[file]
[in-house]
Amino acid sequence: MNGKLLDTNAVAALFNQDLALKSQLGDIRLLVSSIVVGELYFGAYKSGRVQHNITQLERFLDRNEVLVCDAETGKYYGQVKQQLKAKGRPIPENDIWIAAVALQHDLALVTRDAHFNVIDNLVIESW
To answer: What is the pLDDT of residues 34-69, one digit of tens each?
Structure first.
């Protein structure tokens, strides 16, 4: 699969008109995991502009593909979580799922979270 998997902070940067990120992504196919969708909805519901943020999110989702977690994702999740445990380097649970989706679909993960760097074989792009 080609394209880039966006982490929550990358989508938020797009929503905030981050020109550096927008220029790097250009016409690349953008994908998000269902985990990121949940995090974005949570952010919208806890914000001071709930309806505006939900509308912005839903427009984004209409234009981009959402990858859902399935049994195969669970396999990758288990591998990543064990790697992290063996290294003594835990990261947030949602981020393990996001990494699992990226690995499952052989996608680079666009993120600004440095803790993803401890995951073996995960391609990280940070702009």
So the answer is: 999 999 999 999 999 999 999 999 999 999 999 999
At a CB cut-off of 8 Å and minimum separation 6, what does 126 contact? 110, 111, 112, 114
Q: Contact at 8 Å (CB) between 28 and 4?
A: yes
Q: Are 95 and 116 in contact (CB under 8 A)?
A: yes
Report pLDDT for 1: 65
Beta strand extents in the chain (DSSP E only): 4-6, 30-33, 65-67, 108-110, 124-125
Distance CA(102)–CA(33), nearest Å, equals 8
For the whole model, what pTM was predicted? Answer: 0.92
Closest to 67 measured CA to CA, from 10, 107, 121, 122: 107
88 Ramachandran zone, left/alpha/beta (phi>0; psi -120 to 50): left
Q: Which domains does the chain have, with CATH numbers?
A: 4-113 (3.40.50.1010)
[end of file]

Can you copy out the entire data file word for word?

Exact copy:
[in-house]
Amino acid sequence: MNGKLLDTNAVAALFNQDLALKSQLGDIRLLVSSIVVGELYFGAYKSGRVQHNITQLERFLDRNEVLVCDAETGKYYGQVKQQLKAKGRPIPENDIWIAAVALQHDLALVTRDAHFNVIDNLVIESW
To answer: What is the pLDDT of residues 34-69, one digit of tens each?
Structure first.
């Protein structure tokens, strides 16, 4: 699969008109995991502009593909979580799922979270 998997902070940067990120992504196919969708909805519901943020999110989702977690994702999740445990380097649970989706679909993960760097074989792009 080609394209880039966006982490929550990358989508938020797009929503905030981050020109550096927008220029790097250009016409690349953008994908998000269902985990990121949940995090974005949570952010919208806890914000001071709930309806505006939900509308912005839903427009984004209409234009981009959402990858859902399935049994195969669970396999990758288990591998990543064990790697992290063996290294003594835990990261947030949602981020393990996001990494699992990226690995499952052989996608680079666009993120600004440095803790993803401890995951073996995960391609990280940070702009």
So the answer is: 999 999 999 999 999 999 999 999 999 999 999 999
At a CB cut-off of 8 Å and minimum separation 6, what does 126 contact? 110, 111, 112, 114
Q: Contact at 8 Å (CB) between 28 and 4?
A: yes
Q: Are 95 and 116 in contact (CB under 8 A)?
A: yes
Report pLDDT for 1: 65
Beta strand extents in the chain (DSSP E only): 4-6, 30-33, 65-67, 108-110, 124-125
Distance CA(102)–CA(33), nearest Å, equals 8
For the whole model, what pTM was predicted? Answer: 0.92
Closest to 67 measured CA to CA, from 10, 107, 121, 122: 107
88 Ramachandran zone, left/alpha/beta (phi>0; psi -120 to 50): left
Q: Which domains does the chain have, with CATH numbers?
A: 4-113 (3.40.50.1010)